Thoughts From an Almost Boy-Mom
Upon first discovering that I was carrying twin boys, I was over the moon. What mama wouldn’t be? I’d always heard there was something special that mama’s and little boys share.
Then, my mind began to wander and I became consumed with doubt. Am I capable of raising a bunch of boys…?
This may sound odd and it really has nothing to do with the normal concerns of raising boys (one of those concerns being keeping them out of the ER).
Truth be told, boys have always been foreign to me. I grew up with two sisters, one older and one younger. My cousins that were boys did not live close or were much younger than we were. In school, I gravitated towards friends that were girls. My entire childhood was American Girl Dolls, tea parties and ballet. Video games? Sports? Forget it.
The closest I came to being a “tom boy” (does anyone use that phrase anymore?) was camp outs or hunting trips with my dad. Even then, you couldn’t catch me on a four-wheeler without my pearl earrings.
So, as a girl, I never attempted to have friendships with boys because I literally didn’t know how to approach them. What would we even talk about? I didn’t think they’d care to know that I just got matching socks for my Samantha doll’s school uniform.
In high school, when other girls on the dance team would talk sports with the players, I would be SO self conscious because what the heck is a three-pointer and which ball has to go where to get those points? When we were in the stands, I’d wait for other people to start cheering and then I’d chime in because I was ignorant to the rules or calls of sports. You have no idea how many times I’d hear cheering, so I’d cheer, and then have evil eyes fall on me because that wasn’t our side cheering…
I was in an all-girl sorority and all-girl dance team in college. I followed my dreams and received a degree in teaching, a profession predominately occupied by women.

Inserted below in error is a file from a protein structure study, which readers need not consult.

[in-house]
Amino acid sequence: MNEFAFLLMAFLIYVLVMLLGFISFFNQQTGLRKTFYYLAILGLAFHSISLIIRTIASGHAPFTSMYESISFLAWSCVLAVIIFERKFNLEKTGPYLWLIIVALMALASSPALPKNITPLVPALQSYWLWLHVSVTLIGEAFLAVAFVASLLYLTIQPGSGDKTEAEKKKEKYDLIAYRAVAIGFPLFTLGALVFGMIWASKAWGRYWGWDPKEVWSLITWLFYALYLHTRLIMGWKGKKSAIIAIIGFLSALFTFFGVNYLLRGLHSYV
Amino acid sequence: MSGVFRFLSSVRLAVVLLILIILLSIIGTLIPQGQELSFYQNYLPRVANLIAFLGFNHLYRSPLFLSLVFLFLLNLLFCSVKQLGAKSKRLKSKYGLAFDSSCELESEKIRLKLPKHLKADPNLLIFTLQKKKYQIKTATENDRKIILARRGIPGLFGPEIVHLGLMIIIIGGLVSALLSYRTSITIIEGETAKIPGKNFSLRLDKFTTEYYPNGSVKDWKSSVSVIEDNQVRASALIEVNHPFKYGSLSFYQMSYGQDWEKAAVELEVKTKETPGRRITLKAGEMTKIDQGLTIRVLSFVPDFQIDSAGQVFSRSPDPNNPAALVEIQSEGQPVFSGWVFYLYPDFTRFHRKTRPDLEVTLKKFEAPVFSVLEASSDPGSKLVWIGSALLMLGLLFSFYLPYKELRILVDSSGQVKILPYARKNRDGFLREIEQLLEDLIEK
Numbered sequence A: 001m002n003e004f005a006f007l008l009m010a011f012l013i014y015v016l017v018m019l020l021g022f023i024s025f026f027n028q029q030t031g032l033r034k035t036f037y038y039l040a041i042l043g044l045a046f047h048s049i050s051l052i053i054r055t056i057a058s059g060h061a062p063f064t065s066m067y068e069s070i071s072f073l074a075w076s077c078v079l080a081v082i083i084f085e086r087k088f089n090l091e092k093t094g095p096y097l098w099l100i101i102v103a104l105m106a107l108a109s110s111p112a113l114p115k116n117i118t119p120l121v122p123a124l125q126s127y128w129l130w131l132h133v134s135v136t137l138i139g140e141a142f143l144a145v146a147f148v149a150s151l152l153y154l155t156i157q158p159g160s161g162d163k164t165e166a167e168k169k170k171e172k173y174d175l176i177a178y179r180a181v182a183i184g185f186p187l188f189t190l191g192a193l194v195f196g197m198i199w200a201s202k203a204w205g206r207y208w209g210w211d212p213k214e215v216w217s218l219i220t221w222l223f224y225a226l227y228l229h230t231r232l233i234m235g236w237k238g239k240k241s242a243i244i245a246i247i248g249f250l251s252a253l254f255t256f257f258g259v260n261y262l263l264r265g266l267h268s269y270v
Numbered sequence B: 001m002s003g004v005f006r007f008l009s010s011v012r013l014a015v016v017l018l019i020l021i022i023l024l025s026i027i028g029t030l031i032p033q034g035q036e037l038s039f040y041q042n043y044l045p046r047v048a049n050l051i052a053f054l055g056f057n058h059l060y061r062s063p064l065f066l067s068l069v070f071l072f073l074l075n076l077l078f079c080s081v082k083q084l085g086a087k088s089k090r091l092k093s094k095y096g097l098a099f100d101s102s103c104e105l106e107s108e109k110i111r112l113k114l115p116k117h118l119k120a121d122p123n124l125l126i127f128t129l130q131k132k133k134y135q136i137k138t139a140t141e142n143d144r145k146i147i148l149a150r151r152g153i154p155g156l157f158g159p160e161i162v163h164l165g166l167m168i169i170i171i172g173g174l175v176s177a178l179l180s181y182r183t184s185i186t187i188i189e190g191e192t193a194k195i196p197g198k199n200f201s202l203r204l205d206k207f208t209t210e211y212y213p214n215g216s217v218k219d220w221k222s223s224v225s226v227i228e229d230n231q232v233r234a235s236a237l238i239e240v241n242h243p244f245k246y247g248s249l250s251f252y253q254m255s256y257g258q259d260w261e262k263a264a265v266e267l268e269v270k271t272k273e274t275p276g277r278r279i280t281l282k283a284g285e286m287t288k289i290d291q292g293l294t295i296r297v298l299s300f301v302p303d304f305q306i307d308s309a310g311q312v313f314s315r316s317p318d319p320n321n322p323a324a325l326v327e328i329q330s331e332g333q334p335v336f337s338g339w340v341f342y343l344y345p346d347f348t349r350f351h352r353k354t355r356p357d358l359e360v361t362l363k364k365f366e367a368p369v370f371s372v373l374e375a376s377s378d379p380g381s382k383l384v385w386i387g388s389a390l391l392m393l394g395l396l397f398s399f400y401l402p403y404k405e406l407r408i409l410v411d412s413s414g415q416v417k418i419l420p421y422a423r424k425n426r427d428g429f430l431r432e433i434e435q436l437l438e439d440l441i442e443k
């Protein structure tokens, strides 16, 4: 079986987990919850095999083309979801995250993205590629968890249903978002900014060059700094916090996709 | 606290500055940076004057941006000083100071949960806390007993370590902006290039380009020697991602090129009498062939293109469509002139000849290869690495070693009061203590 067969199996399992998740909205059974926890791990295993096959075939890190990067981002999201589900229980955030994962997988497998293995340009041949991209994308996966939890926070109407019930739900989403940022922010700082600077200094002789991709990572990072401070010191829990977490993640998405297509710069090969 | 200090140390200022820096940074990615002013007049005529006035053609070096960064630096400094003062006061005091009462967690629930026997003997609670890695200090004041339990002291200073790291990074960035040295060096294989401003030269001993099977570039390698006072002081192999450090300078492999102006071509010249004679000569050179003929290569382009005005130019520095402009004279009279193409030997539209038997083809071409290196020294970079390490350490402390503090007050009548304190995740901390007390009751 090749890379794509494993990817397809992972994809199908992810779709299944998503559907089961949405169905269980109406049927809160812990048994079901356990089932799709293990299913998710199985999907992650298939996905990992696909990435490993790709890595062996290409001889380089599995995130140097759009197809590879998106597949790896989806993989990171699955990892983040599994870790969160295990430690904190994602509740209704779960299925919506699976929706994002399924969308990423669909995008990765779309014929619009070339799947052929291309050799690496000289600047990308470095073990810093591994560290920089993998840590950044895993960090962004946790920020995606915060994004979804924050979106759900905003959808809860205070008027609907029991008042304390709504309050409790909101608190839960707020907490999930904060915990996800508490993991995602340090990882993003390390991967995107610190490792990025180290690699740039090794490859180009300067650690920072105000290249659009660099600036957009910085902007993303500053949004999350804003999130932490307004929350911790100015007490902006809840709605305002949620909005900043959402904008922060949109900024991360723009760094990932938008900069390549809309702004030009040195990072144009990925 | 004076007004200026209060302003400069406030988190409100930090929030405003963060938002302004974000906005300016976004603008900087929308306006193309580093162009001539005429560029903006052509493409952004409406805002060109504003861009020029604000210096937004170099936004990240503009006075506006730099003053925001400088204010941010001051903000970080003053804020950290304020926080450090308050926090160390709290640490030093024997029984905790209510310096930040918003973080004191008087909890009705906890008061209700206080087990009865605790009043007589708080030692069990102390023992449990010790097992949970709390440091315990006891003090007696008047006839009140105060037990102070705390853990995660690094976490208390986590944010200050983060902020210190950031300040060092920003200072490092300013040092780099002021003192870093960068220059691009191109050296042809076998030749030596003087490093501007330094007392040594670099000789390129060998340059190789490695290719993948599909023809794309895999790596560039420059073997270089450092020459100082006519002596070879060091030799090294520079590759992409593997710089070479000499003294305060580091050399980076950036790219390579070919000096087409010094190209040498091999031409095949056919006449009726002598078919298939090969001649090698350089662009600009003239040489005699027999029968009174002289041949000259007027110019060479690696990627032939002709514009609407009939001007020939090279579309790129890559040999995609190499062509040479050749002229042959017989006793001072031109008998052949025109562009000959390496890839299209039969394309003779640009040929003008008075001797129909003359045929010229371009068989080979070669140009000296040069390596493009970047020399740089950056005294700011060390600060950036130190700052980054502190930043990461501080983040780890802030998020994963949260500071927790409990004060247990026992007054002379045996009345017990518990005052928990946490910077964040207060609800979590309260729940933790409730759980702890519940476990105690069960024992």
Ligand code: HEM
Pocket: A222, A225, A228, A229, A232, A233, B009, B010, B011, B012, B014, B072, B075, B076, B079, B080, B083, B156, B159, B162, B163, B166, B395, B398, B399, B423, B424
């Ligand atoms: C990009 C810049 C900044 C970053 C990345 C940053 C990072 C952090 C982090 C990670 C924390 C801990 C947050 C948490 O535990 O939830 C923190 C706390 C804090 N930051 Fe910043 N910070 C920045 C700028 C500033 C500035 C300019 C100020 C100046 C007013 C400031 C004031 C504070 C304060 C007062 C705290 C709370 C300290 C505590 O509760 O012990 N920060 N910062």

So, with this being said, little boys scared me. I’ve been scared that I wouldn’t understand them or that we wouldn’t be able to connect. I don’t know a lot about boy hobbies or boy things. I grew up in a very girly environment. I am drawn to girly things. When I’m building their registry, I find my eyes wandering to bows and ruffles. It’s what my brain is programmed for. I ran all my nursery ideas through Jimmy first, out of fear that I’d make it too “feminine”.
The only assurance I have that I can do this “boy-mom” thing is because of the practice and exposure I had while teaching. This is where I discovered how different (and similar) little boys and little girls can be.
For instance: fights. When my little girls fought, I was confident. I could handle that. I knew they wouldn’t get over it immediately and I knew that it was possible that their friendships might end. I knew they would use their words to cut each other deep because I’ve had those same encounters with girl friends and sisters. I knew we’d need to sit down and talk. I knew each girl would need to share her side and add in a few details that may or may not be an exaggeration. There would be lots of tears and the dramatics were turned all the way up.
No one prepared me for watching my boy students blame someone for cheating at a game, get called a sore loser, a possible punch thrown, a frown, then a laugh. That’s it. They’re already over it. What? My girl brain could not make sense of this. Anytime they did fight, and it was serious enough to bring it to me, we’d have a talk. Each guy would share his side. Each would agree that they did something wrong. I’d say, “shake hands like gentlemen,” and that was it. Easy, y’all.
But little girls and boys are not so different in other ways. Each need a hug and a band aid when they fall off the jungle gym. Both need a safe space to share what’s happening in their head and in their hearts. Both stare, mouths gaping, when I read a very good story.
And so maybe I can do this. I’ll teach them things and they’ll teach me things. I’ll connect with them because I love them. So much already that it hurts. Maybe we won’t have tea parties, but we can always do picnics outside. Maybe I won’t be passing down my American Girl dolls to them, but Legos and trucks can be very fun, too. I will learn (and have to be okay) that roughhousing is something little boys need (research shows) and expectations will be set by their daddy. I can play in the dirt and accept that their clothes will always have stains.
I’m trusting that God would never bless me with something He hasn’t prepared me for. I know I am not alone in raising them and they will have one heck of a man to look up to. I am trusting that this “boy mom” thing will come naturally and will no doubt be one of the greatest joys I’ve known.